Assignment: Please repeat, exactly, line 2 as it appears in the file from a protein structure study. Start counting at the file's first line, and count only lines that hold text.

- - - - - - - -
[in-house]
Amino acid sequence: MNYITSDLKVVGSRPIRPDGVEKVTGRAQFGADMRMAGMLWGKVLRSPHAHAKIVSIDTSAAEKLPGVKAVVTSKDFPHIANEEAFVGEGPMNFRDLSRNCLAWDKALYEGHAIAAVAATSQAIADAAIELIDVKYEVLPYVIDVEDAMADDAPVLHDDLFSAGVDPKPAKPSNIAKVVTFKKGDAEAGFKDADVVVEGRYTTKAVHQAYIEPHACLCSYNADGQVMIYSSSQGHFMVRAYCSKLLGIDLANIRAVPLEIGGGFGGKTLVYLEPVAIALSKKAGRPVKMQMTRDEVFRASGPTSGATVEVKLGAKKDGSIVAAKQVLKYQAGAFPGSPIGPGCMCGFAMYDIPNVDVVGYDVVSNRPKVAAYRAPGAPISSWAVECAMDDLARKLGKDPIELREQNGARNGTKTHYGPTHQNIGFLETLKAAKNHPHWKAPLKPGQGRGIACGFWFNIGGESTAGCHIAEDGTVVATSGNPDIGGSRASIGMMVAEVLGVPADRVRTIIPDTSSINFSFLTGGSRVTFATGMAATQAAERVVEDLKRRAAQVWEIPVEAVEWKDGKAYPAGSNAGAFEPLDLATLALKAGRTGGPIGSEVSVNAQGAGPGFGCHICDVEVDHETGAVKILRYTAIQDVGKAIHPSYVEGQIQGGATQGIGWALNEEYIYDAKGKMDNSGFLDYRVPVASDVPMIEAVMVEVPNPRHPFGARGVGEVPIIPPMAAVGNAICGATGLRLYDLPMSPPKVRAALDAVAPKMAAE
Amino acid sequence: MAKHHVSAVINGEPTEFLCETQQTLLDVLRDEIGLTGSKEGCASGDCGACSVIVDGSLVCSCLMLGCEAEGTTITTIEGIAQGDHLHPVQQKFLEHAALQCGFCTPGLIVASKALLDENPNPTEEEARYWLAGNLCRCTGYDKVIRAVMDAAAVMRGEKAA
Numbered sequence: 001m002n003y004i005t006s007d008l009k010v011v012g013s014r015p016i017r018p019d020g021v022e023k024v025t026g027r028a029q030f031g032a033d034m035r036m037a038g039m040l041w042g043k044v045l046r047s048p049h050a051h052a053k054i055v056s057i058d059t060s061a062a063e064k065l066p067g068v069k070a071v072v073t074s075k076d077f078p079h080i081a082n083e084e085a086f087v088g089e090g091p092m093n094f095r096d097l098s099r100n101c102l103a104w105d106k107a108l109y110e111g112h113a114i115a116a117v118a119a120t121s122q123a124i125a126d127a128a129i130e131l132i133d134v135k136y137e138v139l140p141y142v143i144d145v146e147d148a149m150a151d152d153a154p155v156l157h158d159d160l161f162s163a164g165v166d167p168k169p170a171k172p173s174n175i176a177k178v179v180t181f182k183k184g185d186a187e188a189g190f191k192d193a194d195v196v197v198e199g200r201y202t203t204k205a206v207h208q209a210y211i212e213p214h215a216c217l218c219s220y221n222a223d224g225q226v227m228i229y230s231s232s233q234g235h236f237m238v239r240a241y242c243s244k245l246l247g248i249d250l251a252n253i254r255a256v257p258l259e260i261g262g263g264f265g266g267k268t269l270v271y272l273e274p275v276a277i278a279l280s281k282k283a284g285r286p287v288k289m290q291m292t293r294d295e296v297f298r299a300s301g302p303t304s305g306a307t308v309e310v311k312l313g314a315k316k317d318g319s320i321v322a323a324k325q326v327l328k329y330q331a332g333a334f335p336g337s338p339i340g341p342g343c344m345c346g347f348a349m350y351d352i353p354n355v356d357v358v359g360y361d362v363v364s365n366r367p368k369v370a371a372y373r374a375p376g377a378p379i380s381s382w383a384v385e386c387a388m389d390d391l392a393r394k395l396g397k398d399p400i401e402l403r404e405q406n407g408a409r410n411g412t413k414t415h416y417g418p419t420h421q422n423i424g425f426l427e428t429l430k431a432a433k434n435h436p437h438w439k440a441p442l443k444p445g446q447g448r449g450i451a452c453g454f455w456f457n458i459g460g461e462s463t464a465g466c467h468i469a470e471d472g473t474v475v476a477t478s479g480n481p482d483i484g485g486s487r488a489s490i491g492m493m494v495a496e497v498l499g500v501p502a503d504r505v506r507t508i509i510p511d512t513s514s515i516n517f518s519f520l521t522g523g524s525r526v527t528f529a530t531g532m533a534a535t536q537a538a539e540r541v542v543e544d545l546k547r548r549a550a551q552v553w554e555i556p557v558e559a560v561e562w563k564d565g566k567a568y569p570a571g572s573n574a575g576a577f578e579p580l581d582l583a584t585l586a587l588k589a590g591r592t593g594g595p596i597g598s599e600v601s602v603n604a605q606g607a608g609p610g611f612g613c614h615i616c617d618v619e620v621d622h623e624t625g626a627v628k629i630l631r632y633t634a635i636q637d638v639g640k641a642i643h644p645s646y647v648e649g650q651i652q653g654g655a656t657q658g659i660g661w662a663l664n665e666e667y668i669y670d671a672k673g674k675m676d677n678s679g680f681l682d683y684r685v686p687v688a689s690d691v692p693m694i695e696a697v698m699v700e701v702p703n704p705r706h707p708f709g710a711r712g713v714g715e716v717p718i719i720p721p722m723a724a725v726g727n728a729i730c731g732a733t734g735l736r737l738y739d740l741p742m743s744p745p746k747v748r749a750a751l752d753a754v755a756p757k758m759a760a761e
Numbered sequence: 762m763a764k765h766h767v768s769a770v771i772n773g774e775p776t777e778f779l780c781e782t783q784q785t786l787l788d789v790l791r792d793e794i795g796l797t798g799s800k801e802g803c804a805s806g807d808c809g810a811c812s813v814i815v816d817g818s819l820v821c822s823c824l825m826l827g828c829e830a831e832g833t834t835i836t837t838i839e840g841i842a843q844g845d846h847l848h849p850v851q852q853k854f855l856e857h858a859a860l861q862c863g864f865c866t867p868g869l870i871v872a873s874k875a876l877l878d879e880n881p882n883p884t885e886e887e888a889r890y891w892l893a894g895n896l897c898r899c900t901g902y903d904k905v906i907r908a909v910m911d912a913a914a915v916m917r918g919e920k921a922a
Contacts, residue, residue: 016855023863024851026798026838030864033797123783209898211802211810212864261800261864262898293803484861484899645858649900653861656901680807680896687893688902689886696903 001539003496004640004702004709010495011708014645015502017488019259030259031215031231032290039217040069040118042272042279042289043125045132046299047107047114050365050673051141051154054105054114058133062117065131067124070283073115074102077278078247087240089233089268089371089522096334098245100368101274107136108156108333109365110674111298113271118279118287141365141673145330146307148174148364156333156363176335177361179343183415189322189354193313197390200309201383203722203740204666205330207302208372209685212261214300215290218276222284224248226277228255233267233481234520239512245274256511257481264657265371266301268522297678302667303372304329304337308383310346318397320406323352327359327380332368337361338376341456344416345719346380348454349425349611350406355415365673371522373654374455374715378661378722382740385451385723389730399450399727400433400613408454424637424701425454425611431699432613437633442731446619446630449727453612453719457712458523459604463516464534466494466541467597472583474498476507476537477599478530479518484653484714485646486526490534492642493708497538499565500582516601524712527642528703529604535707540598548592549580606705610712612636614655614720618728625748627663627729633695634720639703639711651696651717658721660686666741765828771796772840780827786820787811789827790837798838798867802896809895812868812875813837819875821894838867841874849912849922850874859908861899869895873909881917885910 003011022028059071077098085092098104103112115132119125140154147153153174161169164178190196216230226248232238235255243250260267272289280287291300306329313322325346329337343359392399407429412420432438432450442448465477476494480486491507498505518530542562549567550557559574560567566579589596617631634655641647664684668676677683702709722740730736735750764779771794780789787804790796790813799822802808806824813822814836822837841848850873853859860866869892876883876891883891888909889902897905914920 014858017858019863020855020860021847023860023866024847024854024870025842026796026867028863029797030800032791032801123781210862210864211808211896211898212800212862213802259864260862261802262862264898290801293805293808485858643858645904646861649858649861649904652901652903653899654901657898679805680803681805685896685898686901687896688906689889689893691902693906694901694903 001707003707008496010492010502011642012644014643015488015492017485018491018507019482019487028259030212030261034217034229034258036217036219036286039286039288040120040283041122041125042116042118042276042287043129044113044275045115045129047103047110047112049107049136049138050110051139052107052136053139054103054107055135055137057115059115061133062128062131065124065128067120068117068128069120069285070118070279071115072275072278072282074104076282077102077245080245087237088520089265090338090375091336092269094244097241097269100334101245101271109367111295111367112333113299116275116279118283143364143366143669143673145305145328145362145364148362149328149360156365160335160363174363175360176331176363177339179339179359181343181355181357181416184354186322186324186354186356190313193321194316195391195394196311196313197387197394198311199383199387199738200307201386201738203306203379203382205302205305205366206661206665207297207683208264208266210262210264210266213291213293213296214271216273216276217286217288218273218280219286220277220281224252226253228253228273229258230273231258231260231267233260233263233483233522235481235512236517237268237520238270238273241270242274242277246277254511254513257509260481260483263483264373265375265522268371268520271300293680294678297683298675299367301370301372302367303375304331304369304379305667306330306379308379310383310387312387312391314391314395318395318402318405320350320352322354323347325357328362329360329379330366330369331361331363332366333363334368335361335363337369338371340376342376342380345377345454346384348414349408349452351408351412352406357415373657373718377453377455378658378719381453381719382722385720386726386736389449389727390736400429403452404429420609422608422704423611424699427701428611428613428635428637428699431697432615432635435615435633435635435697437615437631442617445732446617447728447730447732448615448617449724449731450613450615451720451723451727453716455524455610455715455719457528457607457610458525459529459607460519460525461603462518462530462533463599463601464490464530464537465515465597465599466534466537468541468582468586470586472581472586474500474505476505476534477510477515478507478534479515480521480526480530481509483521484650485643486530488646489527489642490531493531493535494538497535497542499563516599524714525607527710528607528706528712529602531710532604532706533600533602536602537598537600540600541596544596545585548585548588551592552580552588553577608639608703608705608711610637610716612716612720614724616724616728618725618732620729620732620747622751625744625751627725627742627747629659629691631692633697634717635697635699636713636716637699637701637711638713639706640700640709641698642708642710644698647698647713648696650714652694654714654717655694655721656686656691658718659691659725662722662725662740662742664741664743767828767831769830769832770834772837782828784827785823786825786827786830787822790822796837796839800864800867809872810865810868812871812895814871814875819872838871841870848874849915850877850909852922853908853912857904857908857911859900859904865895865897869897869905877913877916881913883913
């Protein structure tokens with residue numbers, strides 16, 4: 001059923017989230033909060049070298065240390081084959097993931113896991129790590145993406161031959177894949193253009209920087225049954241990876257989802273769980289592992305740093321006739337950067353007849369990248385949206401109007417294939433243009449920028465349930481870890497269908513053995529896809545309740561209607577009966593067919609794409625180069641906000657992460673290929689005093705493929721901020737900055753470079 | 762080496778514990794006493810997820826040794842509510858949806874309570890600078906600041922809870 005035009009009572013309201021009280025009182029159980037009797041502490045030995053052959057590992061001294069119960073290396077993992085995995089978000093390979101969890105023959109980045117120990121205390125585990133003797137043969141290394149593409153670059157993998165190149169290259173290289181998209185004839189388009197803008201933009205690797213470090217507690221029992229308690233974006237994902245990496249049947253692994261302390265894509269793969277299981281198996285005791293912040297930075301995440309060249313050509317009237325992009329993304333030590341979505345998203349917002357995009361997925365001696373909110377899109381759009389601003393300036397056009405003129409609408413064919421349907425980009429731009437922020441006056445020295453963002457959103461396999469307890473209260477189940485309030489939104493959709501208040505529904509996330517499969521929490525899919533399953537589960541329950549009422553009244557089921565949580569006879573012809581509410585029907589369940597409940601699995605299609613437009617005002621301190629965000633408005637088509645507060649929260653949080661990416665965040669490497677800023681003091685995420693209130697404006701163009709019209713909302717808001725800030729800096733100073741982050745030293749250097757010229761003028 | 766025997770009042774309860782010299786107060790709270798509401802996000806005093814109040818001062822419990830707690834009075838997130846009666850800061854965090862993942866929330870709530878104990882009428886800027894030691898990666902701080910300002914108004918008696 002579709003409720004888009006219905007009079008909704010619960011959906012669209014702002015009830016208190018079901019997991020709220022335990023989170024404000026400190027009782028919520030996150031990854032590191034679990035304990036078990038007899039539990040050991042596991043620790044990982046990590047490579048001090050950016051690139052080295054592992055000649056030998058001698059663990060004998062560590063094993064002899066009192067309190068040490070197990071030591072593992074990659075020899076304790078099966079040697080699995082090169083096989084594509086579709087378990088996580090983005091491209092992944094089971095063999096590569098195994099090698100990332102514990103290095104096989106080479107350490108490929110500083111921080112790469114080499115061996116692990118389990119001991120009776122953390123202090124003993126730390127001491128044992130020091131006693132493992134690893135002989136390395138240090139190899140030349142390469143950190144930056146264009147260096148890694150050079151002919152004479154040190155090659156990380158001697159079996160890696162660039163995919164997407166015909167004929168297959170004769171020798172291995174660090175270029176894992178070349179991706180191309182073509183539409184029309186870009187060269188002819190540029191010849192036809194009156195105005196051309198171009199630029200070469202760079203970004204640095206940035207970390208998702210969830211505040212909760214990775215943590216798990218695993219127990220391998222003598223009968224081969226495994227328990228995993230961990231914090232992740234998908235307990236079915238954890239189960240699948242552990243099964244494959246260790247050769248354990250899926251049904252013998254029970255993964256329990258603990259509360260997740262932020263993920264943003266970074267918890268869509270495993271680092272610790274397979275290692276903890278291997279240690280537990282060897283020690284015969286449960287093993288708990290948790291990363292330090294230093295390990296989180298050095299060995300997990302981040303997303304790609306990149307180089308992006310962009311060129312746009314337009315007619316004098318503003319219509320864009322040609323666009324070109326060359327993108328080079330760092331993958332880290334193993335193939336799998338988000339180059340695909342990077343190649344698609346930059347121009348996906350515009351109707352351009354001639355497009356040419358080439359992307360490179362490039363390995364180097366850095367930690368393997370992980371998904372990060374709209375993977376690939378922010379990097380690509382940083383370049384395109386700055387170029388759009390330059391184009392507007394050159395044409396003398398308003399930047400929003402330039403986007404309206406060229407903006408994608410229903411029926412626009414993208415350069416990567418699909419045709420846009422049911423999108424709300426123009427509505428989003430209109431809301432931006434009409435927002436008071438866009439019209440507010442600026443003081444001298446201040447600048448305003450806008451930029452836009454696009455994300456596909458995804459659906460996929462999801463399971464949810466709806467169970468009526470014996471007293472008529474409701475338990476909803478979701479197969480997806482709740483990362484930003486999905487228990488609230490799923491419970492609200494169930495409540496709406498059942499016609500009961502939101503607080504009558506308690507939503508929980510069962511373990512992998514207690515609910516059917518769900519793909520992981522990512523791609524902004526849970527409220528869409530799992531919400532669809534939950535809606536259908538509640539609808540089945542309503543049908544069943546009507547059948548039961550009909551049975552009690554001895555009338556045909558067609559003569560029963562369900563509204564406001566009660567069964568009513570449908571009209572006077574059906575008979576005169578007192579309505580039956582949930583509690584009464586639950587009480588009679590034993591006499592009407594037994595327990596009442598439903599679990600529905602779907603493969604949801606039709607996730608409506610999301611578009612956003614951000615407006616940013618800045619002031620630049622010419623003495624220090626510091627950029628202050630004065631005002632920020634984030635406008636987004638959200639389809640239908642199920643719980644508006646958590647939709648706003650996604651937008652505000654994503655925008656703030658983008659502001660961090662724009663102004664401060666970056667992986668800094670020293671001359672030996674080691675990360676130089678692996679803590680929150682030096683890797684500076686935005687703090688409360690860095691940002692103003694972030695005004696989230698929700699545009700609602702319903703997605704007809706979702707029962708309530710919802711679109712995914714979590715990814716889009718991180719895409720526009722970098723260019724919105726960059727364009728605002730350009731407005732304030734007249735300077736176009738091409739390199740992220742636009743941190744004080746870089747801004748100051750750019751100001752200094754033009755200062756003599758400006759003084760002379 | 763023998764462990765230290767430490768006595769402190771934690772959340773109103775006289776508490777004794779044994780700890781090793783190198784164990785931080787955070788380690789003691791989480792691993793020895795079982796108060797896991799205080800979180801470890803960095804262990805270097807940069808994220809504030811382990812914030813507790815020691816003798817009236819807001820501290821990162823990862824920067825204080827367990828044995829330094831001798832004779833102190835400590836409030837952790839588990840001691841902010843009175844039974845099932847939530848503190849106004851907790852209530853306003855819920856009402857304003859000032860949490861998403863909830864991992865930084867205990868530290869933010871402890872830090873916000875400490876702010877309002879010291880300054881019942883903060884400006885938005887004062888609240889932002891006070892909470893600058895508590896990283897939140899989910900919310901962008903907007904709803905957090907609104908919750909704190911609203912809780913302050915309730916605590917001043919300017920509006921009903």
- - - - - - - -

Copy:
Amino acid sequence: MNYITSDLKVVGSRPIRPDGVEKVTGRAQFGADMRMAGMLWGKVLRSPHAHAKIVSIDTSAAEKLPGVKAVVTSKDFPHIANEEAFVGEGPMNFRDLSRNCLAWDKALYEGHAIAAVAATSQAIADAAIELIDVKYEVLPYVIDVEDAMADDAPVLHDDLFSAGVDPKPAKPSNIAKVVTFKKGDAEAGFKDADVVVEGRYTTKAVHQAYIEPHACLCSYNADGQVMIYSSSQGHFMVRAYCSKLLGIDLANIRAVPLEIGGGFGGKTLVYLEPVAIALSKKAGRPVKMQMTRDEVFRASGPTSGATVEVKLGAKKDGSIVAAKQVLKYQAGAFPGSPIGPGCMCGFAMYDIPNVDVVGYDVVSNRPKVAAYRAPGAPISSWAVECAMDDLARKLGKDPIELREQNGARNGTKTHYGPTHQNIGFLETLKAAKNHPHWKAPLKPGQGRGIACGFWFNIGGESTAGCHIAEDGTVVATSGNPDIGGSRASIGMMVAEVLGVPADRVRTIIPDTSSINFSFLTGGSRVTFATGMAATQAAERVVEDLKRRAAQVWEIPVEAVEWKDGKAYPAGSNAGAFEPLDLATLALKAGRTGGPIGSEVSVNAQGAGPGFGCHICDVEVDHETGAVKILRYTAIQDVGKAIHPSYVEGQIQGGATQGIGWALNEEYIYDAKGKMDNSGFLDYRVPVASDVPMIEAVMVEVPNPRHPFGARGVGEVPIIPPMAAVGNAICGATGLRLYDLPMSPPKVRAALDAVAPKMAAE